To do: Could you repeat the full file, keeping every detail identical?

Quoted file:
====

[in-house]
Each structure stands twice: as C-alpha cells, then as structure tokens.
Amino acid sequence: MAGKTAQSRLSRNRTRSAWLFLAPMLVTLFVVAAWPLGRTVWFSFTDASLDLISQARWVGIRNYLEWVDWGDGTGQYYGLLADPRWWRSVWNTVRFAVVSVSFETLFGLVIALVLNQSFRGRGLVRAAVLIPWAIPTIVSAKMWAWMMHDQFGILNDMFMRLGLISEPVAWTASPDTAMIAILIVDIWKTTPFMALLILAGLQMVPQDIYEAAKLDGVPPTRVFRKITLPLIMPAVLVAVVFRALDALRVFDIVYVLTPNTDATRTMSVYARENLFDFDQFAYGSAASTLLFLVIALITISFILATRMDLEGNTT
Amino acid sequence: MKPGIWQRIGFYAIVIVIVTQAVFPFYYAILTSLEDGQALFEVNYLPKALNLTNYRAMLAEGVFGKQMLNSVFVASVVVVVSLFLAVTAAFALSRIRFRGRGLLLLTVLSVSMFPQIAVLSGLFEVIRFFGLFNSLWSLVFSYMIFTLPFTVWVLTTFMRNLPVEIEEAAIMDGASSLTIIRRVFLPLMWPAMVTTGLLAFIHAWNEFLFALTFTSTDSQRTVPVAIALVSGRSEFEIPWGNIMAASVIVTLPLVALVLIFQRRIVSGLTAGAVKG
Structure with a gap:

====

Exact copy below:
[in-house]
Each structure stands twice: as C-alpha cells, then as structure tokens.
Amino acid sequence: MAGKTAQSRLSRNRTRSAWLFLAPMLVTLFVVAAWPLGRTVWFSFTDASLDLISQARWVGIRNYLEWVDWGDGTGQYYGLLADPRWWRSVWNTVRFAVVSVSFETLFGLVIALVLNQSFRGRGLVRAAVLIPWAIPTIVSAKMWAWMMHDQFGILNDMFMRLGLISEPVAWTASPDTAMIAILIVDIWKTTPFMALLILAGLQMVPQDIYEAAKLDGVPPTRVFRKITLPLIMPAVLVAVVFRALDALRVFDIVYVLTPNTDATRTMSVYARENLFDFDQFAYGSAASTLLFLVIALITISFILATRMDLEGNTT
Amino acid sequence: MKPGIWQRIGFYAIVIVIVTQAVFPFYYAILTSLEDGQALFEVNYLPKALNLTNYRAMLAEGVFGKQMLNSVFVASVVVVVSLFLAVTAAFALSRIRFRGRGLLLLTVLSVSMFPQIAVLSGLFEVIRFFGLFNSLWSLVFSYMIFTLPFTVWVLTTFMRNLPVEIEEAAIMDGASSLTIIRRVFLPLMWPAMVTTGLLAFIHAWNEFLFALTFTSTDSQRTVPVAIALVSGRSEFEIPWGNIMAASVIVTLPLVALVLIFQRRIVSGLTAGAVKG
Structure with a gap: